Treating tuberculosis when antibiotics no longer work

A research team has detected various substances that have a dual effect against tuberculosis: They render the bacteria causing the disease less pathogenic for human immune cells and boost the activity of conventional antibiotics.

Tuberculosis is currently the infectious disease that causes the most deaths worldwide. Of particular concern is the increasing emergence of multidrug-resistant tuberculosis bacteria, particularly in Eastern Europe and Asia. In cooperation with research partners in France, the infectious disease specialist Dr Jan Rybniker and his team at University Hospital Cologne, the University of Cologne’s Faculty of Medicine and the German Center for Infection Research (DZIF) have identified new antibiotic molecules that target Mycobacterium tuberculosis and make it less pathogenic for humans. In addition, some of the discovered substances may allow for a renewed treatment of tuberculosis with available medicationsincluding strains of the bacterium that have already developed drug resistance. The research has now been published in Cell Chemical Biology.

Tuberculosis (TB)or "consumption", as it used to be calledmainly affects the lungs, but can also damage other organs. If diagnosed early and treated with antibiotics, it is curable. Although the disease is relatively rare in most western European countries, it still ranks among the infectious diseases that claim the most lives worldwide: According to the World Health Organisation (WHO), only Covid-19 was deadlier than TB in 2022. The disease also caused almost twice as many deaths as HIV/AIDS. More than 10 million people continue to contract TB every year. This is mainly due to insufficient access to medical treatment in many countries.

Limited targets

Multidrug-resistant tuberculosis is emerging especially in eastern Europe and Asia. That is of particular concern to researchers because like all bacteria that infect humans, M. tuberculosis possesses only a limited number of targets for conventional antibiotics. That makes it increasingly difficult to discover new antibiotic substances in research laboratories.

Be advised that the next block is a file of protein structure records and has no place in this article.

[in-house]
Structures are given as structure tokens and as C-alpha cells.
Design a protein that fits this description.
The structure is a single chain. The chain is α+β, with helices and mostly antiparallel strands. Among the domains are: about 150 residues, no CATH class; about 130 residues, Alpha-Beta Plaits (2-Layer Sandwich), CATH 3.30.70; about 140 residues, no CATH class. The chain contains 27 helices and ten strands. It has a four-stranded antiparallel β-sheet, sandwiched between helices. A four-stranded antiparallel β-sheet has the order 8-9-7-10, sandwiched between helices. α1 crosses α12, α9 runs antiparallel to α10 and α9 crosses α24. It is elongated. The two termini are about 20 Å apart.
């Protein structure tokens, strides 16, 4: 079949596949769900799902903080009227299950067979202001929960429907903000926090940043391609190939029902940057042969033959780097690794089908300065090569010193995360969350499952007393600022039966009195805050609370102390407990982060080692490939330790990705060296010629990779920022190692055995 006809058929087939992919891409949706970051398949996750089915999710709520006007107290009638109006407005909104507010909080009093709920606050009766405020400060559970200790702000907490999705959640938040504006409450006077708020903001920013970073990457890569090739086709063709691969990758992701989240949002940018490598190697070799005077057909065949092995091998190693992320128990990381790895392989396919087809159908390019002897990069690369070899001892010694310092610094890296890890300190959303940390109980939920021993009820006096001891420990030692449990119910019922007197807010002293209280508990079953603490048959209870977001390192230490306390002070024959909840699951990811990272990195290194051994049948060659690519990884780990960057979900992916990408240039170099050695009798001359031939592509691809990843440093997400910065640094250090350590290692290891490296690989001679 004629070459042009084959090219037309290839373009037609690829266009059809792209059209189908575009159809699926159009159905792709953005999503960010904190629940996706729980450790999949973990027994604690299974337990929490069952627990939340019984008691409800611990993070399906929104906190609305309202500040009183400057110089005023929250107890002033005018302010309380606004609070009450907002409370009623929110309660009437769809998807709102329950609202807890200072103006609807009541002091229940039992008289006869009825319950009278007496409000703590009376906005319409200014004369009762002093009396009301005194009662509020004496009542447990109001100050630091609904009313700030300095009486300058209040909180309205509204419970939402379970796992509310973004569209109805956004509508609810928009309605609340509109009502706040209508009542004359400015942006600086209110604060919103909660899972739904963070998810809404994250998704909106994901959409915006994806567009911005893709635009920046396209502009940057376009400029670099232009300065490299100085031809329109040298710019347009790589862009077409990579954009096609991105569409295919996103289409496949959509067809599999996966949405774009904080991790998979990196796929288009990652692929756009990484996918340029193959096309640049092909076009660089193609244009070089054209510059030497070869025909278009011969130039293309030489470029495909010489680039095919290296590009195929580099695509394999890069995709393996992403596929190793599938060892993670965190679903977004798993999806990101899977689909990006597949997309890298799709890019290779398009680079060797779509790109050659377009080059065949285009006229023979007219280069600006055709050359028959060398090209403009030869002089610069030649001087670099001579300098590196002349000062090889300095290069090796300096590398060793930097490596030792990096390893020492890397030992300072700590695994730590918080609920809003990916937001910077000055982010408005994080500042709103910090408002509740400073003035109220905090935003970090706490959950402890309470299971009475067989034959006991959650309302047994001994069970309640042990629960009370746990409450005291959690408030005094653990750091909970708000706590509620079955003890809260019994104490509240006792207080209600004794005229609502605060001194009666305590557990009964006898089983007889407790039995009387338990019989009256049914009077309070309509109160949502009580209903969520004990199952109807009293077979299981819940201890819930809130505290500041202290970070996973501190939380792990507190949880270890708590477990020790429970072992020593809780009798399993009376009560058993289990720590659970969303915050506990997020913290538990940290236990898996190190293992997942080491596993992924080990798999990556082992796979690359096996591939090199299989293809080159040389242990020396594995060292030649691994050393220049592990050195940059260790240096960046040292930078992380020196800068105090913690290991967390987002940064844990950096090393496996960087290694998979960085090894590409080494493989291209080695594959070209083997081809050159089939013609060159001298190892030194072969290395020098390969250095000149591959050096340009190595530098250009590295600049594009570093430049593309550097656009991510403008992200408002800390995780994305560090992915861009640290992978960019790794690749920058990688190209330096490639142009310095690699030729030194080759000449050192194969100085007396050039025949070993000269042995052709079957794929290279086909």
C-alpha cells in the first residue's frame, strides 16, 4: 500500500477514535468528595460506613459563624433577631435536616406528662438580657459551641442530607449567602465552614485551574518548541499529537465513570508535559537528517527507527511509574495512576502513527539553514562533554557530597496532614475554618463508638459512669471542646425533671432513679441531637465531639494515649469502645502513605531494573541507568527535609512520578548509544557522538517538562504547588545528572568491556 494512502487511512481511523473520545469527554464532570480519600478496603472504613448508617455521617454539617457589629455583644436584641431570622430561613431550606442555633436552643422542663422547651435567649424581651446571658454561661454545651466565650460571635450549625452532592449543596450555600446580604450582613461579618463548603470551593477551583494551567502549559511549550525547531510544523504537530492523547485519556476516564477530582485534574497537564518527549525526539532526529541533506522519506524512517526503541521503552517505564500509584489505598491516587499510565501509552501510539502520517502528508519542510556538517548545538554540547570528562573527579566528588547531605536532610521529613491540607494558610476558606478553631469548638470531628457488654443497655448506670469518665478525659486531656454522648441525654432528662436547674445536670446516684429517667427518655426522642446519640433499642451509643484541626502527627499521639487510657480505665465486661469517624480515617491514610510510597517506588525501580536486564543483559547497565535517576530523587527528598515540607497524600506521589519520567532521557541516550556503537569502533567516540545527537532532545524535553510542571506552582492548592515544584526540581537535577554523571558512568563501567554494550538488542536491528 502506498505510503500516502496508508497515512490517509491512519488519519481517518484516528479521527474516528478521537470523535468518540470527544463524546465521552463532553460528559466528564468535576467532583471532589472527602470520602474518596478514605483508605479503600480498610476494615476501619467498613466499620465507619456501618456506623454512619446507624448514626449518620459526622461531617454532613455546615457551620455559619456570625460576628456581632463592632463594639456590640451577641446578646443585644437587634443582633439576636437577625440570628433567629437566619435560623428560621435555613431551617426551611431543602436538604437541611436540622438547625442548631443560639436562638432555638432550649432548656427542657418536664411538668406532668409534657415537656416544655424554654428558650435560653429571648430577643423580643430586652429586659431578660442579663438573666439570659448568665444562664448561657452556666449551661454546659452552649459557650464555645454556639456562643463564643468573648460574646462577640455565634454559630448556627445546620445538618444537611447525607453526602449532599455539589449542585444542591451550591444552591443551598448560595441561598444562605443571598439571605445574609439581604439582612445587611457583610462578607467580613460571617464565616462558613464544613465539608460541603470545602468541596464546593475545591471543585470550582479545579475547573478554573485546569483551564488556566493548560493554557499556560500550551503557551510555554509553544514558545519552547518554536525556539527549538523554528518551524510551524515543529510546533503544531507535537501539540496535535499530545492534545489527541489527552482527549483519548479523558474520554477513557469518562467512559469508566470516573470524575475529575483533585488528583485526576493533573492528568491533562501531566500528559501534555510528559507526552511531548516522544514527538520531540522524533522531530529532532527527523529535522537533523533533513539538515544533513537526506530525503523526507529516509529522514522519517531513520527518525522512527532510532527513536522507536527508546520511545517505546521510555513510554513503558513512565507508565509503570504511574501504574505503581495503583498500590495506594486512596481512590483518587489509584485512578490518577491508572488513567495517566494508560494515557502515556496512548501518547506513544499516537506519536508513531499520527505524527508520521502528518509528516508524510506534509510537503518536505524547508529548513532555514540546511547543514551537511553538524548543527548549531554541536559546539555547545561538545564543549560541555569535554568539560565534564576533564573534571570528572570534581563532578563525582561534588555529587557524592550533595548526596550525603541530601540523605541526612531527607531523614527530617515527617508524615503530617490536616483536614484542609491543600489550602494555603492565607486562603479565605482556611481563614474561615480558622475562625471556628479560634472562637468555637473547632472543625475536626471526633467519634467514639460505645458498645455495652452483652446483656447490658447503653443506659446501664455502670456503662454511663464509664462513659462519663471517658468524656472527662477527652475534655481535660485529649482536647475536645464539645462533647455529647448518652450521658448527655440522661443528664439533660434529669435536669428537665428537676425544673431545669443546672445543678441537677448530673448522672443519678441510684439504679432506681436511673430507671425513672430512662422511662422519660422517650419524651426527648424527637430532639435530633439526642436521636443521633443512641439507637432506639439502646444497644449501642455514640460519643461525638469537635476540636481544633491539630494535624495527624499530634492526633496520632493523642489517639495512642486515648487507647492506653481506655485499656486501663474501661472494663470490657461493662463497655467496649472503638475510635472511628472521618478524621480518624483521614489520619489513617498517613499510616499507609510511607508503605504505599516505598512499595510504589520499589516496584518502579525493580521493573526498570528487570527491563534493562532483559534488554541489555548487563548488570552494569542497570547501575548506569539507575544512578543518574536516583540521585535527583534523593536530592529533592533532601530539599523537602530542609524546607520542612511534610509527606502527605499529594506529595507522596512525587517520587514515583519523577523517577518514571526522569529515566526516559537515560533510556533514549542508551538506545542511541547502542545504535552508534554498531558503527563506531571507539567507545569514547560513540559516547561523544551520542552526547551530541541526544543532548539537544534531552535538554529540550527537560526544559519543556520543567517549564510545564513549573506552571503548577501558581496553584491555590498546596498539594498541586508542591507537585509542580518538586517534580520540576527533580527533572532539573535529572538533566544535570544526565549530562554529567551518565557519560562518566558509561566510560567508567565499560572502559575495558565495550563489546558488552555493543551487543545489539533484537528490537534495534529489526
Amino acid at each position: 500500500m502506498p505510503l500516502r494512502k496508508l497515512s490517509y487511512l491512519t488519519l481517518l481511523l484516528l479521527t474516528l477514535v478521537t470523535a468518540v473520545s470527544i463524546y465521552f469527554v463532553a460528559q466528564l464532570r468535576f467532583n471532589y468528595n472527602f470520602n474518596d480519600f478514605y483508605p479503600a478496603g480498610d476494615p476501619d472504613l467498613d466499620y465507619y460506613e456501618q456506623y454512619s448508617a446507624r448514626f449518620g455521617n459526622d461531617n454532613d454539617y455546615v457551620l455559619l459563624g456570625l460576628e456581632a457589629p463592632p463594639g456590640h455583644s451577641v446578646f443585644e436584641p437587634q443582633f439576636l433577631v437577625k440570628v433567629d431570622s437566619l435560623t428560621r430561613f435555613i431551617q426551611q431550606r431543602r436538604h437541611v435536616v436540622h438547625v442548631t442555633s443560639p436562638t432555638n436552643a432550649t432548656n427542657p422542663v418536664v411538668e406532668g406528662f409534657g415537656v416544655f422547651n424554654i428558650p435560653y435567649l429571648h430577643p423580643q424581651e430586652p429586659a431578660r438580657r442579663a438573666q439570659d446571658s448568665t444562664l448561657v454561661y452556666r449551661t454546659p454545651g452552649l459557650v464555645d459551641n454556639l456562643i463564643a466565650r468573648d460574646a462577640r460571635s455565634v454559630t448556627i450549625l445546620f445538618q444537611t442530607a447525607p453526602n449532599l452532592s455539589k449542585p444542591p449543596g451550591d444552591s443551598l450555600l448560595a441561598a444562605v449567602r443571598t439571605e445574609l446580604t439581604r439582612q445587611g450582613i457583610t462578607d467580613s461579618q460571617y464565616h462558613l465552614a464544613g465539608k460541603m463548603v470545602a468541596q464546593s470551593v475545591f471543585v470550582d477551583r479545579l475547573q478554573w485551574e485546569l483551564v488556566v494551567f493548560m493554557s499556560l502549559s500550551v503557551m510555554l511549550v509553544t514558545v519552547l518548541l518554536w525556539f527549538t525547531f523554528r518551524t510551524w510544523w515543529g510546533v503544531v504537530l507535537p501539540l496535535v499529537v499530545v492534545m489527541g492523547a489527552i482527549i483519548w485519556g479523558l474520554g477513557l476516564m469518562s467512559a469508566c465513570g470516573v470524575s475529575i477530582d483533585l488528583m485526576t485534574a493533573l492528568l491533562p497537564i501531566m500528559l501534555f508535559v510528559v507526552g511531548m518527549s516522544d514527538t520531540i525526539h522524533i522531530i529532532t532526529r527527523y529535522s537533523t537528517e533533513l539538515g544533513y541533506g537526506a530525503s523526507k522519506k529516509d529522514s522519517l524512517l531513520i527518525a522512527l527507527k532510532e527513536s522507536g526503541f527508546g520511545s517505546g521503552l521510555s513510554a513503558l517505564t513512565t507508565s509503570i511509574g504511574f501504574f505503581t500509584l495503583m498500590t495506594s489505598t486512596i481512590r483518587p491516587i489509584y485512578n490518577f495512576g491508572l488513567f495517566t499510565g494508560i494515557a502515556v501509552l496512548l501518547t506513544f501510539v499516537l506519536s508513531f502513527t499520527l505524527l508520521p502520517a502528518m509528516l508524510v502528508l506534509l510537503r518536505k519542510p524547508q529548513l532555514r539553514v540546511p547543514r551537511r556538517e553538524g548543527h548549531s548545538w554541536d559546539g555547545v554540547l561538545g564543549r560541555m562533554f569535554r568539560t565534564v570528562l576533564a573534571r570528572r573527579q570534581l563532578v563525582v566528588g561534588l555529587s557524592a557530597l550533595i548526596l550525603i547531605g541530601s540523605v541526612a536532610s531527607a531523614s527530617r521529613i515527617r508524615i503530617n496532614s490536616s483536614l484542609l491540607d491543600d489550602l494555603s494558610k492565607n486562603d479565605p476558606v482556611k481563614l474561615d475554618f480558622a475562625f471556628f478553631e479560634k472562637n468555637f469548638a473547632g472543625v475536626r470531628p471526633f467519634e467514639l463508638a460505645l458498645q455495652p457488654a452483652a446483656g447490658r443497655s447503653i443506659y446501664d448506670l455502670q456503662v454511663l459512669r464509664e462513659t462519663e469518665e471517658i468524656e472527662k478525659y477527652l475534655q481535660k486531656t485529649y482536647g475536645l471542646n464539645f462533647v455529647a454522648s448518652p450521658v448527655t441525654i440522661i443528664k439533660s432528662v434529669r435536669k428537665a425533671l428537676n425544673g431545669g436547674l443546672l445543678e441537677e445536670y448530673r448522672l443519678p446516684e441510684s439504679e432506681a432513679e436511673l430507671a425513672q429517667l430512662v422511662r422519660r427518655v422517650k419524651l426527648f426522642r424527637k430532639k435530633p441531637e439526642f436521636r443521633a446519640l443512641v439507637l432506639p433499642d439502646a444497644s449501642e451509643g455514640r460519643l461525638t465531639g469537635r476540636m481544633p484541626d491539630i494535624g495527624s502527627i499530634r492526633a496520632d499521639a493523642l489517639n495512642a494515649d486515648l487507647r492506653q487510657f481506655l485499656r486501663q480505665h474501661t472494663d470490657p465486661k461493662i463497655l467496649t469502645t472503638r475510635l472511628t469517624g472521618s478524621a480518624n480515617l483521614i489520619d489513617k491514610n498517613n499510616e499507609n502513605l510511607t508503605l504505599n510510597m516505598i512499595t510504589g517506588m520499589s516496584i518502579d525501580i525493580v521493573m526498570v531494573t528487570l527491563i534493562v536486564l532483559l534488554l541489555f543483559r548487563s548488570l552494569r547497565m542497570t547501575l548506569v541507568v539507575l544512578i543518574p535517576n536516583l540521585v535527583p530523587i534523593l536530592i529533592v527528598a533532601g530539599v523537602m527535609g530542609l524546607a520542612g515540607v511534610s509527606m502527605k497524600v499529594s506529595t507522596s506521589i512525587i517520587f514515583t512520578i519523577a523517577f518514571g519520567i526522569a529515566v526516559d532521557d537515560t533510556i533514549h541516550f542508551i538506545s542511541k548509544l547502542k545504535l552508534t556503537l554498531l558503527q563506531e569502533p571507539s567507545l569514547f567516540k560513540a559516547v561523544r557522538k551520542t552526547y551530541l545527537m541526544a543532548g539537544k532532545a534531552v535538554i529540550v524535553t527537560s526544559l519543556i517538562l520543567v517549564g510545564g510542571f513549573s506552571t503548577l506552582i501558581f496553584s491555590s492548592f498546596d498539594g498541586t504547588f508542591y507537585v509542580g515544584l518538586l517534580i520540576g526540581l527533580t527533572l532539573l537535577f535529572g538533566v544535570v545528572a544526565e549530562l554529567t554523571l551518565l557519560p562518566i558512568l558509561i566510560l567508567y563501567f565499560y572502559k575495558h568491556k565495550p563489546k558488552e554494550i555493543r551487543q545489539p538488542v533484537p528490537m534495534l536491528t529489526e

Working together with colleagues from the Institute Pasteur in Lille, France, and the German Center for Infection Research (DZIF), the researchers at University Hospital Cologne have now identified an alternative treatment strategy for the bacterium. The team utilised host-cell-based high-throughput methods to test the ability of molecules to inhibit the multiplication of bacteria in human immune cells: From a total of 10,000 molecules, this procedure allowed them to isolate a handful whose properties they scrutinised more closely in the course of the study.

Double attack

Ultimately, the researchers identified virulence blockers that utilise target structures that are fundamentally distinct from those targeted by classical antibiotics. “These molecules probably lead to significantly less selective pressure on the bacterium, and thus to less resistance,” says Jan Rybniker, deputy coordinator of the DZIF research area Tuberculosis and head of the Translational Research Unit for Infectious Diseases at the Center for Molecular Medicine Cologne, who initiated the study.

In deciphering the exact mechanism of action, the researchers also discovered that some of the newly identified chemical substances are dual-active molecules. Thus, they not only attack the pathogen’s virulence factors, but also enhance the activity of monooxygenasesenzymes required for the activation of the conventional antibiotic ethionamide. Ethionamide is a drug that has been used for many decades to treat TB. It is a so-called prodrug, a substance that needs to be enzymatically activated in the bacterium to kill it. Therefore, the discovered molecules act as prodrug boosters, providing another alternative approach to the development of conventional antibiotics. In cooperation with the research team led by Prof. Alain Baulard at Lille, the precise molecular mechanism of this booster effect was deciphered. Thus, in combination with these new active substances, drugs that are already in use against tuberculosis might continue to be employed effectively in the future.

The discovery offers several attractive starting points for the development of novel and urgently needed agents against tuberculosis. “Moreover, our work is an interesting example of the diversity of pharmacologically active substances. The activity spectrum of these molecules can be modified by the smallest chemical modifications,” Rybniker adds. However, according to the scientists it is still a long way to the application of the findings in humans, requiring numerous adjustments of the substances in the laboratory.

Source: Press release of the University of Cologne

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